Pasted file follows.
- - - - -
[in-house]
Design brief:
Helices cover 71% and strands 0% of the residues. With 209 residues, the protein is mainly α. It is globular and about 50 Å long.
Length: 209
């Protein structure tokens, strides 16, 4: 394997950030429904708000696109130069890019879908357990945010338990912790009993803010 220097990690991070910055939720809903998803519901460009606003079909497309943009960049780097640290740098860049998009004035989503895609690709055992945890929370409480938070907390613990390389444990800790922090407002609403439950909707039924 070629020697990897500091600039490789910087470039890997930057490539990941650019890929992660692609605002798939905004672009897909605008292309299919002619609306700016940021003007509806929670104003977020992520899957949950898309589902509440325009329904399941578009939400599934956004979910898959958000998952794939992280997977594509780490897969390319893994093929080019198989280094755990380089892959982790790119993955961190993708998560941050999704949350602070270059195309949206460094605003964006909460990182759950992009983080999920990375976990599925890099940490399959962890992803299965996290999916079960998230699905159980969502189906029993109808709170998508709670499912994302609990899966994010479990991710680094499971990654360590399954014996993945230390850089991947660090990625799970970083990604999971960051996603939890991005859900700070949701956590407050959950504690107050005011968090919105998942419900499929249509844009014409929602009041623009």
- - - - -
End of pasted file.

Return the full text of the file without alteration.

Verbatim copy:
[in-house]
Design brief:
Helices cover 71% and strands 0% of the residues. With 209 residues, the protein is mainly α. It is globular and about 50 Å long.
Length: 209
């Protein structure tokens, strides 16, 4: 394997950030429904708000696109130069890019879908357990945010338990912790009993803010 220097990690991070910055939720809903998803519901460009606003079909497309943009960049780097640290740098860049998009004035989503895609690709055992945890929370409480938070907390613990390389444990800790922090407002609403439950909707039924 070629020697990897500091600039490789910087470039890997930057490539990941650019890929992660692609605002798939905004672009897909605008292309299919002619609306700016940021003007509806929670104003977020992520899957949950898309589902509440325009329904399941578009939400599934956004979910898959958000998952794939992280997977594509780490897969390319893994093929080019198989280094755990380089892959982790790119993955961190993708998560941050999704949350602070270059195309949206460094605003964006909460990182759950992009983080999920990375976990599925890099940490399959962890992803299965996290999916079960998230699905159980969502189906029993109808709170998508709670499912994302609990899966994010479990991710680094499971990654360590399954014996993945230390850089991947660090990625799970970083990604999971960051996603939890991005859900700070949701956590407050959950504690107050005011968090919105998942419900499929249509844009014409929602009041623009």